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Methodist Church, Blackwatertown - - 765037.jpg
Blackwatertown Road, with the Methodist Church
Blackwatertown is located in Northern Ireland
Location within Northern Ireland
Population376 (2011 Census)
CountryNorthern Ireland
Sovereign stateUnited Kingdom
EU ParliamentNorthern Ireland
List of places
Northern Ireland
54°24′47″N 6°42′00″W / 54.413°N 6.700°W / 54.413; -6.700Coordinates: 54°24′47″N 6°42′00″W / 54.413°N 6.700°W / 54.413; -6.700

Blackwatertown is a small village in County Armagh, Northern Ireland. It sits on the River Blackwater, in the townland of Lisbofin, at the border with County Tyrone. The villages of Benburb and Moy are nearby. Blackwatertown had a population of 376 in the 2011 Census.[1] The River Blackwater enters Lough Neagh west of Derrywarragh Island and is navigable from Maghery to Blackwatertown.[2]


In 1575, during the Tudor conquest of Ireland, the English built a fort at what is now Blackwatertown, to control this important river crossing in the heart of Gaelic Ulster. Most of the fort was on the eastern bank of the river, and there was a stone tower on the western bank. In February 1595, at the outset of the Nine Years' War, a Gaelic force led by Art MacBaron O'Neill assaulted and captured the fort from the English.

This fort is referenced in the village's Irish name, An Port Mór ("the great fort").[3] The wider townland is also called Lisbofin, from Lios Bó Finne meaning "fort of the white cow",[3] which may refer to one of the ringforts in the area.

Blackwatertown was one of the first places in Northern Ireland to erect street signs in the Irish language in 1980. The village recently had signs erected at the entrances indicating its name; previously signs were erected by local individuals indicating its name in the Irish language.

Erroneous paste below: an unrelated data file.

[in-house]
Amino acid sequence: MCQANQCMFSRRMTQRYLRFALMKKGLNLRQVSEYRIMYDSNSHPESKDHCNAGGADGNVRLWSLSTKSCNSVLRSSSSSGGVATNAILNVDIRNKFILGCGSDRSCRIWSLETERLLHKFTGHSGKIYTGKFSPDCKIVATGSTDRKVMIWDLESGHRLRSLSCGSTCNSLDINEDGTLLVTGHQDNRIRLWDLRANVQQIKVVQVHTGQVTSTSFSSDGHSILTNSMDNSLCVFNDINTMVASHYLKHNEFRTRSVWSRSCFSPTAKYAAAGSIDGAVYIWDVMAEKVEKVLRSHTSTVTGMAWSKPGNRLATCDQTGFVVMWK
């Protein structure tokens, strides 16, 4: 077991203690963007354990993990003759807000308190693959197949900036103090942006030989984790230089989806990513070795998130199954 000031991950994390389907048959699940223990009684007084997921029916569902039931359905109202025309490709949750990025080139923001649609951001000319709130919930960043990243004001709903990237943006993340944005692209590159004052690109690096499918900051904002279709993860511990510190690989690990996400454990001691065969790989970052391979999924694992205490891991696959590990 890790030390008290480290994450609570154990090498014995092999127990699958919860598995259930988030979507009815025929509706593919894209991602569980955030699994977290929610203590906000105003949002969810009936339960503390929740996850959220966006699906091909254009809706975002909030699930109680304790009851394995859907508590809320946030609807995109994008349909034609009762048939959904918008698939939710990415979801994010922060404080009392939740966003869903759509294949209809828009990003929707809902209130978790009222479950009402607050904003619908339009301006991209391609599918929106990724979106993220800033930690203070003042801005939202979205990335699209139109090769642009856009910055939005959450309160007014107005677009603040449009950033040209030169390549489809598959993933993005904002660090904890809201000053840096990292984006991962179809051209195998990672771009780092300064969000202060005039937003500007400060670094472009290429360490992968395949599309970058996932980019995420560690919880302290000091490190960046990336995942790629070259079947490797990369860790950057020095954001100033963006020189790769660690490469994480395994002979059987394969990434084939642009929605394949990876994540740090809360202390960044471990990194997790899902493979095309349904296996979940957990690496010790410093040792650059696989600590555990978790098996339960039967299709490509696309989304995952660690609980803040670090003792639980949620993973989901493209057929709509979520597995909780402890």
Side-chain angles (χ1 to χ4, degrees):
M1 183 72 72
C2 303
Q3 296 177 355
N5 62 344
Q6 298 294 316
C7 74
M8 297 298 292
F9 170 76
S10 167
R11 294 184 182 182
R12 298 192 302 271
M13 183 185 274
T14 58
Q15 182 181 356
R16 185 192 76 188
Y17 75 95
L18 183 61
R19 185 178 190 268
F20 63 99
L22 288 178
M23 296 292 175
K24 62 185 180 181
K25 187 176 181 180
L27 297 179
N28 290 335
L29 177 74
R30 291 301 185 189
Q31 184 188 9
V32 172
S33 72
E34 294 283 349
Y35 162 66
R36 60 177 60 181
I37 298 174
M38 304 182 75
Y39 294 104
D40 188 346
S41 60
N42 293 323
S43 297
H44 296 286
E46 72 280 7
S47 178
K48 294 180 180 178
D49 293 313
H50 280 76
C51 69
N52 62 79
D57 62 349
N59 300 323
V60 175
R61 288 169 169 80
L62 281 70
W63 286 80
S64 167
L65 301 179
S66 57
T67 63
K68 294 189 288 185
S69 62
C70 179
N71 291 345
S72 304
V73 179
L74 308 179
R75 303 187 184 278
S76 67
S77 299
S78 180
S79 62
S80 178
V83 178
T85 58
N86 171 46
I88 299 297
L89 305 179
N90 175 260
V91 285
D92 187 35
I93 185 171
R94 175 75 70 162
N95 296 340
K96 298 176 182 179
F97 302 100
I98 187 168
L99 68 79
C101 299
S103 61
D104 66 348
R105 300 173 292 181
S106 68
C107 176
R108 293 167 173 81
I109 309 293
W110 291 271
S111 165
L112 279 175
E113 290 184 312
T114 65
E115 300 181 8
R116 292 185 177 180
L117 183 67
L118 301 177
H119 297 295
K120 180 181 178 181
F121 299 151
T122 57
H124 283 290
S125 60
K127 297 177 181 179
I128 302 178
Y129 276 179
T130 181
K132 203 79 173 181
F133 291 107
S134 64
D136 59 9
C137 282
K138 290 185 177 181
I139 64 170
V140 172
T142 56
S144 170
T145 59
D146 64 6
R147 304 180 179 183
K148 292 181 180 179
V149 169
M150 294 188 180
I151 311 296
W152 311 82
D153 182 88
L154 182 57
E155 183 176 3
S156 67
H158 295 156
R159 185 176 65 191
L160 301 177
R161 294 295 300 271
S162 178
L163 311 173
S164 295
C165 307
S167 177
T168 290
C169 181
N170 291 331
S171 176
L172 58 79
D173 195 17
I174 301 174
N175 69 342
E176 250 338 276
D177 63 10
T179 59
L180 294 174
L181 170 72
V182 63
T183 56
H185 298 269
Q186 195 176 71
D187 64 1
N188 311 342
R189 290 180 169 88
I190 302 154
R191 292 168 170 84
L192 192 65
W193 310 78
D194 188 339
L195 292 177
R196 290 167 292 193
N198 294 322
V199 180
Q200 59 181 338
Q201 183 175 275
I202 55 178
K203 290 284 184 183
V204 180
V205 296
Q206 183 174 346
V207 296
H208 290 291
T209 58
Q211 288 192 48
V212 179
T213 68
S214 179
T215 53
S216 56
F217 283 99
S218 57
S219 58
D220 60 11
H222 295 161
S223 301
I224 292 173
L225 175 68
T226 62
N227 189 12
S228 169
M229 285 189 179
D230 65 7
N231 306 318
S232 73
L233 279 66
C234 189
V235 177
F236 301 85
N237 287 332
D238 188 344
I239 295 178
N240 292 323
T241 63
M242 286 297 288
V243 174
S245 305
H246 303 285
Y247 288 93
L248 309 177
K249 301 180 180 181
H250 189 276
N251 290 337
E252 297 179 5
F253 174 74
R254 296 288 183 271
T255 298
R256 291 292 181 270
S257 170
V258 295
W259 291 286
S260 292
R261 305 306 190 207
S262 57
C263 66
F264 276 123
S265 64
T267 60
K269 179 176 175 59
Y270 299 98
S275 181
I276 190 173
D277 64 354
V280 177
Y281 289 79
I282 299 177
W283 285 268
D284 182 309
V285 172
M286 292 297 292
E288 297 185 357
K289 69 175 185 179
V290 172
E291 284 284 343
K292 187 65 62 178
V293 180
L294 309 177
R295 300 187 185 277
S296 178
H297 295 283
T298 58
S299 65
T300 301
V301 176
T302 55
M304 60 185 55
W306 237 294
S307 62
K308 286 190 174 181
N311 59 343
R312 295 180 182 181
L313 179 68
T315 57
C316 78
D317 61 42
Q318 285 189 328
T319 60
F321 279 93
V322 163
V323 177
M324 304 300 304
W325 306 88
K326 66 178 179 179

Blackwatertown had three schools: Blackwatertown Boys' Primary School and Blackwatertown Girls' Primary School, both of which were managed by the Council for Catholic Maintained Schools; and Blackwatertown Primary School, managed by Blackwatertown Methodist Church and attended by pupils of several denominations. As the non-Roman Catholic population dwindled Blackwatertown Primary School ceased to be viable and closed. The other two schools amalgamated and formed a new school known as St Jarlath's Primary School.[citation needed]


The Blackwatertown and Benburb Ancient Order of Hibernians Pipe Band, circa 1930

The local GAA club, Port Mór, plays at Junior level in county competitions.[4]

The local Boxing Club is St Jarlaths ABC.

The ancient sport of Road Bowling, known as Bullets, is still played along country roads. Two players throw a small metal ball (bullet) a set distance on a road; the winner is the player who finishes in the fewest throws. This sport is very popular in most parts of County Armagh and parts of Cork.

See also[edit]


  1. ^ "Blackwatertown". Census 2011 Results. NI Statistics and Research Agency. Retrieved 22 April 2015.
  2. ^ "Navigating the River Blackwater". Culture Northern Ireland. Archived from the original on 2008-02-10. Retrieved 2007-11-28.
  3. ^ a b Place Names NI
  4. ^ Armagh GAA website Archived September 3, 2012, at the Wayback Machine